The event kicked off with music from 97.9 The Box and a bold, challenging video from XQ America explaining the purpose of the Rethink High School campaign: to create a high school environment that makes students feel valued, challenged, instrumental in their own learning, and equipped to solve the problems facing their communities.

Houston Poet Laureate Deborah “D.E.E.P” Mouton and 97.9 The Box radio hosts KG Smooth and Keisha Nicole shared stories of their own high school experiences and served as moderators for the breakout sessions that followed. In the breakouts, students shared their answers to questions conceived of by members of WITS’ Youth Advisory Council. Students filled the posters with their ideas and voiced powerful insights on how social justice, mental health awareness, diversity & inclusion, and other pressing issues facing today’s youth could be better addressed by high schools.

The thought-provoking discussions were followed by poems performed by members of the Meta-Four Houston slam team and Houston’s Youth Poet Laureate, Fareena Arefeen. The poems delivered incisive critiques of our current education system. Between the lyrical messages of the young poets and the impassioned opinions shared by student attendees, the room pulsed with an eagerness to make the ideas expressed in the discussion sessions a reality.

The event’s key speakers and panelists included a wide array of stakeholders–Houston City Council member Karla Cisneros; Lisa Felske of the Harris County Department of Education; Douglas Torres-Edwards of the HISD Arts Access Initiative; OCA Co-Facilitator and president of the Education Rainbow Challenge, Cecil Fong; Mark Cueva of the City of Houston Department of Neighborhoods; and the Assistant Director of University of Houston’s Creative Writing program, Giuseppe Taurino. Asked to share their hopes for educational reform and innovation, ideas flowed easily, from Councilmember Cisneros’ call for job opportunities for students still in high school to Douglas Torres-Edwards’ proposition that the students without great grades or perfect attendance should be placed at the center, not pushed to the margins and left to slip through the cracks.

The panelists then fielded questions from students about how they could put their ideas into action, leading to more empowering answers. Mark Cueva and Giuseppe Taurino encouraged the students in attendance to be the ones to speak up and inspire others in the process. Cecil Fong issued a challenge to push beyond the built-in diversity of Houston and make an active effort to befriend people outside of their own social groupings. Lisa Felske reminded the students that although they weren’t yet old enough to vote, they could still make their voices heard by attending city council and school board meetings.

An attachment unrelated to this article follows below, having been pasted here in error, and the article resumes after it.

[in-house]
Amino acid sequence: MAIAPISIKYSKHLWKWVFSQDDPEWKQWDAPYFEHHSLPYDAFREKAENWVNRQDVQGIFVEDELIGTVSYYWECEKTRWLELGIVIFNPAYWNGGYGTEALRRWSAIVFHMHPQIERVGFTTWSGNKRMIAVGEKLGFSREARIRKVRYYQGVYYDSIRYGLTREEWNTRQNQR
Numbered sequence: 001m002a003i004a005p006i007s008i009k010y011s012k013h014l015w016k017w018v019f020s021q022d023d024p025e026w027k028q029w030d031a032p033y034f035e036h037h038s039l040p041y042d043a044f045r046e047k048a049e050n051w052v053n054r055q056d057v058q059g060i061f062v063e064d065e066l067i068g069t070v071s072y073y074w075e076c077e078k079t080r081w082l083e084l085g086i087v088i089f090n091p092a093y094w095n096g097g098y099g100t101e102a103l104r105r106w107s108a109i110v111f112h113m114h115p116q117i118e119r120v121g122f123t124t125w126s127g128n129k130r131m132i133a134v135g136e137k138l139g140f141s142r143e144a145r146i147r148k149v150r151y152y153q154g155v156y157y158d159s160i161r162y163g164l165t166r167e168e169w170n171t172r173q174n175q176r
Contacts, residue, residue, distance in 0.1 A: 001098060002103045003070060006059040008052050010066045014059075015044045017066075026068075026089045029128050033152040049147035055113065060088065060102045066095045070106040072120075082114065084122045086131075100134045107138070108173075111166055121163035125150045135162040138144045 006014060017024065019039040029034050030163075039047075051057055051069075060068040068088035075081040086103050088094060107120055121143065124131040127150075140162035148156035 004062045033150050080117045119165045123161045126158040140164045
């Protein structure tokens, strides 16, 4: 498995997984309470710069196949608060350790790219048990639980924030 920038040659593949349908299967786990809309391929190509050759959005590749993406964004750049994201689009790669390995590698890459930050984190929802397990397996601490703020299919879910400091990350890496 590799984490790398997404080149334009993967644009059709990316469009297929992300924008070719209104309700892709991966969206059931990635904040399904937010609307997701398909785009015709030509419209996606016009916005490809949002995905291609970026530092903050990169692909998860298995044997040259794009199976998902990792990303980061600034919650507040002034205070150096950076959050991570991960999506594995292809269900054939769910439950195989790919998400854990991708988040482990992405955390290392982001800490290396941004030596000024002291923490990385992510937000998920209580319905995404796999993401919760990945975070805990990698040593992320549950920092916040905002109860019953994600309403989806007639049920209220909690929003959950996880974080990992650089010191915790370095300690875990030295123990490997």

As the program drew to a close, event emcee and WITS/Youth Speaks Future Corps Fellow Monica Davidson issued a call to action to the students. “These conversations we’ve had have been incredible. They’ve been inspiring. But they can’t stay inside the walls of this community center! You have to take them with you, share them with your friends, bring them into the outside world.”

WITS Communications Strategist Analicia Sotelo will read from her new chapbook, Nonstop Godhead, on Friday 7pm at Brazos Bookstore. She will be joined by WITS Board Member Roberto Tejada and WITS Writer Beth Lyons. Nonstop Godhead recently won a fellowship award from the Poetry Society of America. It was selected by Rigoberto Gonzalez. Sotelo’s first full-length book, Virgin, will be published by Milkweed Editions in 2018. It is the winner of the Inaugural Jake Adam York Prize.

Each year, The Menil Collection opens its doors to dozens of WITS classrooms, giving students the opportunity to see an extraordinary collection of visual art that heightens the senses and stretches the imagination.

As students take a tour of the museum’s collections, they write poems and stories inspired by the art they see, making connections between sight and sound, image and story. Last night at the Young Writers Reading we had the privilege of hearing and picturing what they created.